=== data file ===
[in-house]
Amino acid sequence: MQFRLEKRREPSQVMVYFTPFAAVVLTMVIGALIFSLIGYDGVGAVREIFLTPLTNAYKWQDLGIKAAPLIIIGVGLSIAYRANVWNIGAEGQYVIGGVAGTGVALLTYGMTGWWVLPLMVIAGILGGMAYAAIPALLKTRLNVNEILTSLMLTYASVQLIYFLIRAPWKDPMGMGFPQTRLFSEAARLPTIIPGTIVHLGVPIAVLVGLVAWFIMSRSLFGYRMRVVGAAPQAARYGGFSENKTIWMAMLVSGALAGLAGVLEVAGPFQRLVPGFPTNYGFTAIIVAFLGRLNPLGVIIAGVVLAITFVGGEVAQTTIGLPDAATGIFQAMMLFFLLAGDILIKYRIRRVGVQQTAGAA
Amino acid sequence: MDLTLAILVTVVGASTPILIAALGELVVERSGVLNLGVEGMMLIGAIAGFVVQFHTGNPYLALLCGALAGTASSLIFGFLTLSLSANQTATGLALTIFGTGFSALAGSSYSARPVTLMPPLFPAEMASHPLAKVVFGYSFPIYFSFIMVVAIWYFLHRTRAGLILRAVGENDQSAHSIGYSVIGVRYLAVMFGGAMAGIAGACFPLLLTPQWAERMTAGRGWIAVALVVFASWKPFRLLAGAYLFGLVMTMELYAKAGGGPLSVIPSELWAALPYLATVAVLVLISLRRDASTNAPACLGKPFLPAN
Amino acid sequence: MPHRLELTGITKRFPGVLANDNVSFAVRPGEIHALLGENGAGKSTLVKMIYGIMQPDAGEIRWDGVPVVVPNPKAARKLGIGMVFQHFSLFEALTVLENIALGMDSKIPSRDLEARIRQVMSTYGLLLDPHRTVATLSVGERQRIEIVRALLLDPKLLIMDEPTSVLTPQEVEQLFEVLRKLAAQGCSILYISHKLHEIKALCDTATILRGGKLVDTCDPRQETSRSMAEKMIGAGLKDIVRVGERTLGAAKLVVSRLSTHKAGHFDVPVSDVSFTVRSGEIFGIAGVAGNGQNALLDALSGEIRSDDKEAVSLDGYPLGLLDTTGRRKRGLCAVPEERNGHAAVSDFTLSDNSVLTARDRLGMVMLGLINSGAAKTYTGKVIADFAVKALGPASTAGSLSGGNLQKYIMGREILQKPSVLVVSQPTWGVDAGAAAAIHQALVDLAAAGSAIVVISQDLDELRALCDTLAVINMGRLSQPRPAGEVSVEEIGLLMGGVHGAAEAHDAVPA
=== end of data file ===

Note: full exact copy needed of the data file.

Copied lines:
[in-house]
Amino acid sequence: MQFRLEKRREPSQVMVYFTPFAAVVLTMVIGALIFSLIGYDGVGAVREIFLTPLTNAYKWQDLGIKAAPLIIIGVGLSIAYRANVWNIGAEGQYVIGGVAGTGVALLTYGMTGWWVLPLMVIAGILGGMAYAAIPALLKTRLNVNEILTSLMLTYASVQLIYFLIRAPWKDPMGMGFPQTRLFSEAARLPTIIPGTIVHLGVPIAVLVGLVAWFIMSRSLFGYRMRVVGAAPQAARYGGFSENKTIWMAMLVSGALAGLAGVLEVAGPFQRLVPGFPTNYGFTAIIVAFLGRLNPLGVIIAGVVLAITFVGGEVAQTTIGLPDAATGIFQAMMLFFLLAGDILIKYRIRRVGVQQTAGAA
Amino acid sequence: MDLTLAILVTVVGASTPILIAALGELVVERSGVLNLGVEGMMLIGAIAGFVVQFHTGNPYLALLCGALAGTASSLIFGFLTLSLSANQTATGLALTIFGTGFSALAGSSYSARPVTLMPPLFPAEMASHPLAKVVFGYSFPIYFSFIMVVAIWYFLHRTRAGLILRAVGENDQSAHSIGYSVIGVRYLAVMFGGAMAGIAGACFPLLLTPQWAERMTAGRGWIAVALVVFASWKPFRLLAGAYLFGLVMTMELYAKAGGGPLSVIPSELWAALPYLATVAVLVLISLRRDASTNAPACLGKPFLPAN
Amino acid sequence: MPHRLELTGITKRFPGVLANDNVSFAVRPGEIHALLGENGAGKSTLVKMIYGIMQPDAGEIRWDGVPVVVPNPKAARKLGIGMVFQHFSLFEALTVLENIALGMDSKIPSRDLEARIRQVMSTYGLLLDPHRTVATLSVGERQRIEIVRALLLDPKLLIMDEPTSVLTPQEVEQLFEVLRKLAAQGCSILYISHKLHEIKALCDTATILRGGKLVDTCDPRQETSRSMAEKMIGAGLKDIVRVGERTLGAAKLVVSRLSTHKAGHFDVPVSDVSFTVRSGEIFGIAGVAGNGQNALLDALSGEIRSDDKEAVSLDGYPLGLLDTTGRRKRGLCAVPEERNGHAAVSDFTLSDNSVLTARDRLGMVMLGLINSGAAKTYTGKVIADFAVKALGPASTAGSLSGGNLQKYIMGREILQKPSVLVVSQPTWGVDAGAAAAIHQALVDLAAAGSAIVVISQDLDELRALCDTLAVINMGRLSQPRPAGEVSVEEIGLLMGGVHGAAEAHDAVPA